Kuwait's book censors have been very busy of late banning 4,390 books since 2014, hundreds of them this year.
Recent targets include an encyclopedia with a picture of Michelangelo's David and a Disney version of The Little Mermaid . David had no fig leaf, and the mermaid, alas, wore half a bikini.
Shamayel al-Sharikh, a Kuwaiti women's activist explained that the powers that be thought her dress was promiscuous.
Sometimes the 12-member censors committee (six Arabic readers, six English readers) that rules on books for the Ministry of Information gives a reason: The anthology Why We Write was banned because its editor, Meredith Maran, had falsely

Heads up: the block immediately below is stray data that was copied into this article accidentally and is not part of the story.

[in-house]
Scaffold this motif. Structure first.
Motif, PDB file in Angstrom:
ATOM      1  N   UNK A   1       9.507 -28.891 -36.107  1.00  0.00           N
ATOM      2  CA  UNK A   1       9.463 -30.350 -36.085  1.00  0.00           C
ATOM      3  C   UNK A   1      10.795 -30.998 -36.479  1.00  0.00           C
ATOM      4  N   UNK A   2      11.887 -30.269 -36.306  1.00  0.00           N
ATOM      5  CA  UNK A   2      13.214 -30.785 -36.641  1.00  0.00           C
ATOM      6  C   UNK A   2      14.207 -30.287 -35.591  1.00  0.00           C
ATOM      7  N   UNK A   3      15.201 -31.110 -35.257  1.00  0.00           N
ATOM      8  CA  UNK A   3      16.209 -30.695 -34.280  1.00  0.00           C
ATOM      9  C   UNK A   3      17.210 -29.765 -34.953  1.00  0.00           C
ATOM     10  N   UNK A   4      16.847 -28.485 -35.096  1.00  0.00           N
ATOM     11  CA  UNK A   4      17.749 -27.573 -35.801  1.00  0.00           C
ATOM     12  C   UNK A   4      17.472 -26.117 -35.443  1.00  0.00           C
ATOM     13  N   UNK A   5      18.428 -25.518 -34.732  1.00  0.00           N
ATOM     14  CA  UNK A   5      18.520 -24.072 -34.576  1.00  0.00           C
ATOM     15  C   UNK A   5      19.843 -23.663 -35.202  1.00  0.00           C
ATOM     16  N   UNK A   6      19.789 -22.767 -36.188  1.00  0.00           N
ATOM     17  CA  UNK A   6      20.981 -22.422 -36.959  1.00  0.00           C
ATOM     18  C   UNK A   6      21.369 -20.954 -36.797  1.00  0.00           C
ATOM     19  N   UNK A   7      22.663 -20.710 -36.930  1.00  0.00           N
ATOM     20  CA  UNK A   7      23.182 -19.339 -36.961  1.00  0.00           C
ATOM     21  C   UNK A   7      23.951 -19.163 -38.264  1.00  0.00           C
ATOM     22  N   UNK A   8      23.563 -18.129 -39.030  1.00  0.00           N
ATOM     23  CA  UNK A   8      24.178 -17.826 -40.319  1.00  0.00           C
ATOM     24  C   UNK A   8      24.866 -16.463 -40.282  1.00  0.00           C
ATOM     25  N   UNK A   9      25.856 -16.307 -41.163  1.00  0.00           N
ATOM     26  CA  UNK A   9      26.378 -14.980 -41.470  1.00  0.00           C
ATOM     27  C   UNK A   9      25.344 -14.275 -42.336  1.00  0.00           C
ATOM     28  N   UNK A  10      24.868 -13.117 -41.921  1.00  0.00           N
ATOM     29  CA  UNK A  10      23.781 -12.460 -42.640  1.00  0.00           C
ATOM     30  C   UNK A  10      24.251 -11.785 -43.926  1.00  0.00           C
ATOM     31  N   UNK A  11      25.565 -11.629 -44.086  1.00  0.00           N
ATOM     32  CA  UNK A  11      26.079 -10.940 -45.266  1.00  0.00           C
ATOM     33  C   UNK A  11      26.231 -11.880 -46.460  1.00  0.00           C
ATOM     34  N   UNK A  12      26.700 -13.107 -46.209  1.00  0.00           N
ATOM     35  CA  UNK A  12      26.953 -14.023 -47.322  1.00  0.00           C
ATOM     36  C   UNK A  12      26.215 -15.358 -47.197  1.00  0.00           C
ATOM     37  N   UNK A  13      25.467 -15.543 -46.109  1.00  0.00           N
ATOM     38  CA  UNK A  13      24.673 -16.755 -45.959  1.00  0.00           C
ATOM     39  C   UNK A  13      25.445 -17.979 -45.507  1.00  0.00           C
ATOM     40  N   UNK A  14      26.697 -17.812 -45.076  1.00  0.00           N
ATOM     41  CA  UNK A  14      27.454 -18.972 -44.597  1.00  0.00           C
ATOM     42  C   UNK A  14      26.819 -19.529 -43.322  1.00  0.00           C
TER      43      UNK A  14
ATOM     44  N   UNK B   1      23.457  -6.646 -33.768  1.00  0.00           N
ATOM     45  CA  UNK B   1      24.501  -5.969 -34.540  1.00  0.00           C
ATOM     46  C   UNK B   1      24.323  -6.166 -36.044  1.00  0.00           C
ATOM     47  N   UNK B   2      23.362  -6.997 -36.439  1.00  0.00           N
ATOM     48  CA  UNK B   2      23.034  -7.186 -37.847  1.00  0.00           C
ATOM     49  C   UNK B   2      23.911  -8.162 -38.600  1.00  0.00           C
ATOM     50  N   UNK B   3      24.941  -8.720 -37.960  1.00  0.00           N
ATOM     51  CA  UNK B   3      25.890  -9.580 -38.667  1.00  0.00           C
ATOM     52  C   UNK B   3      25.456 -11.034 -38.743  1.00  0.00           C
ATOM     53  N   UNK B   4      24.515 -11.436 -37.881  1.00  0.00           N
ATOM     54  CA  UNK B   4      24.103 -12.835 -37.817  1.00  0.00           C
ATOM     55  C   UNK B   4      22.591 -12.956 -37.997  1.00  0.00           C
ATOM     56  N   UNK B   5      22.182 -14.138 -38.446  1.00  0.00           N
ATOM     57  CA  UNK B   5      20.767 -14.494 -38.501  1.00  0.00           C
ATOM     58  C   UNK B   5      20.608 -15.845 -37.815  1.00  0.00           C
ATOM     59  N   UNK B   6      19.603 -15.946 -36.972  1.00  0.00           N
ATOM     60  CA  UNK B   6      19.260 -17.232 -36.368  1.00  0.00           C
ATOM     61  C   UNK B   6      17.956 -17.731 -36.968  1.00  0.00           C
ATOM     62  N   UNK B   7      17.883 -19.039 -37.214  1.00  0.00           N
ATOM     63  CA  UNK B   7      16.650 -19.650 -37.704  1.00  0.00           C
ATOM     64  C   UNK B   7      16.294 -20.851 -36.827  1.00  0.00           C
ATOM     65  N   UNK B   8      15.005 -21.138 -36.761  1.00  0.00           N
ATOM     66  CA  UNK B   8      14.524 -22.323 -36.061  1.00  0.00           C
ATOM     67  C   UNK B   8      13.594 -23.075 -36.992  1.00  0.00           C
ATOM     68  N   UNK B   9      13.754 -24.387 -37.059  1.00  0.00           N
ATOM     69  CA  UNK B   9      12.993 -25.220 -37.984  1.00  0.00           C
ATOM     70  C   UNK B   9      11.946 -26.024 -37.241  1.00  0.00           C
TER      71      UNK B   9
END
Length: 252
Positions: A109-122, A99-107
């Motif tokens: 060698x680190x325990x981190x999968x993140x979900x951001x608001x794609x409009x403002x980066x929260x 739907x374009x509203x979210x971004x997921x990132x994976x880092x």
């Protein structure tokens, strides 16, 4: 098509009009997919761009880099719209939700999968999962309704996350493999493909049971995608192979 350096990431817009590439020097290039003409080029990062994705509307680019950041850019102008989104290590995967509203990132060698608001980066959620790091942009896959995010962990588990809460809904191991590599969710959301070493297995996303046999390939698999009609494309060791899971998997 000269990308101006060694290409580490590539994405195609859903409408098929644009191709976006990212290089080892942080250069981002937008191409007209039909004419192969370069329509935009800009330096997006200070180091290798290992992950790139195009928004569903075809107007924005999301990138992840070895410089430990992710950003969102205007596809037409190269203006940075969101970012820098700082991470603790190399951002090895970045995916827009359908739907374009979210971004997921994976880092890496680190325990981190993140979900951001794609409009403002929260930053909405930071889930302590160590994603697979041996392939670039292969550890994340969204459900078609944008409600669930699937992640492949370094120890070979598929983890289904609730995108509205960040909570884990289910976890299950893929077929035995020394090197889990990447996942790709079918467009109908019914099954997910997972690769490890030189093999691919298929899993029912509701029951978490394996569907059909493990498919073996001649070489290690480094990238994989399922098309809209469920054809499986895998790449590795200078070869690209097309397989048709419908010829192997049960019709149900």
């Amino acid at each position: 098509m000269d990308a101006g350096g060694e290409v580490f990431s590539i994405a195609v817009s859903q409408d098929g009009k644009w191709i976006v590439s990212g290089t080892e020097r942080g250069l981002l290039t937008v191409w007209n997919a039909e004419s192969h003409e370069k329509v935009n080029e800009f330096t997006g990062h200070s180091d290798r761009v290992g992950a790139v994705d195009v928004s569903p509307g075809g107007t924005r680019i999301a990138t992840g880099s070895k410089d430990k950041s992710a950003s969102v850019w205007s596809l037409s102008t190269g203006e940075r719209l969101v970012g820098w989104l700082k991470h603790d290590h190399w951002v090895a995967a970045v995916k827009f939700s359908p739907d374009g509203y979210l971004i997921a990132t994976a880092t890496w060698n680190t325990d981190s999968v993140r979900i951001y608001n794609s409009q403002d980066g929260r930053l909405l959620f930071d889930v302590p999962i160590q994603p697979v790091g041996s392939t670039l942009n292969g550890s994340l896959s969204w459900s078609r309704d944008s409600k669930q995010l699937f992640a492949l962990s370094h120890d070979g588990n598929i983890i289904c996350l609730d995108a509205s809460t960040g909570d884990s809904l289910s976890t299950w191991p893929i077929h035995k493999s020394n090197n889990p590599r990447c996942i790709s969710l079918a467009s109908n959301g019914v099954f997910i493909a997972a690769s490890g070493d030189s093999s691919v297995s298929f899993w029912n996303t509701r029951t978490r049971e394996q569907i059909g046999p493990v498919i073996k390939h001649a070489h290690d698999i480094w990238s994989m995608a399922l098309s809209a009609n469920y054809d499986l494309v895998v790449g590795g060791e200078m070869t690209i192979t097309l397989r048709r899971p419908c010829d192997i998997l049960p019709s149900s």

accused her father of molestation.
In other cases, the justification is obscure, such as with The Art of Reading , by Damon Young. Maya Angelou's memoir, I Know Why the Caged Bird Sings , is forbidden in Kuwait.
One Hundred Years of Solitude , by Nobel Prize winner Gabriel García Márquez, is banned because of a scene in which a wife sees her husband naked, as is Children of Gebelawi , by Egyptian author Naguib Mahfouz, the first
Arabic-language writer to win the Nobel in literature.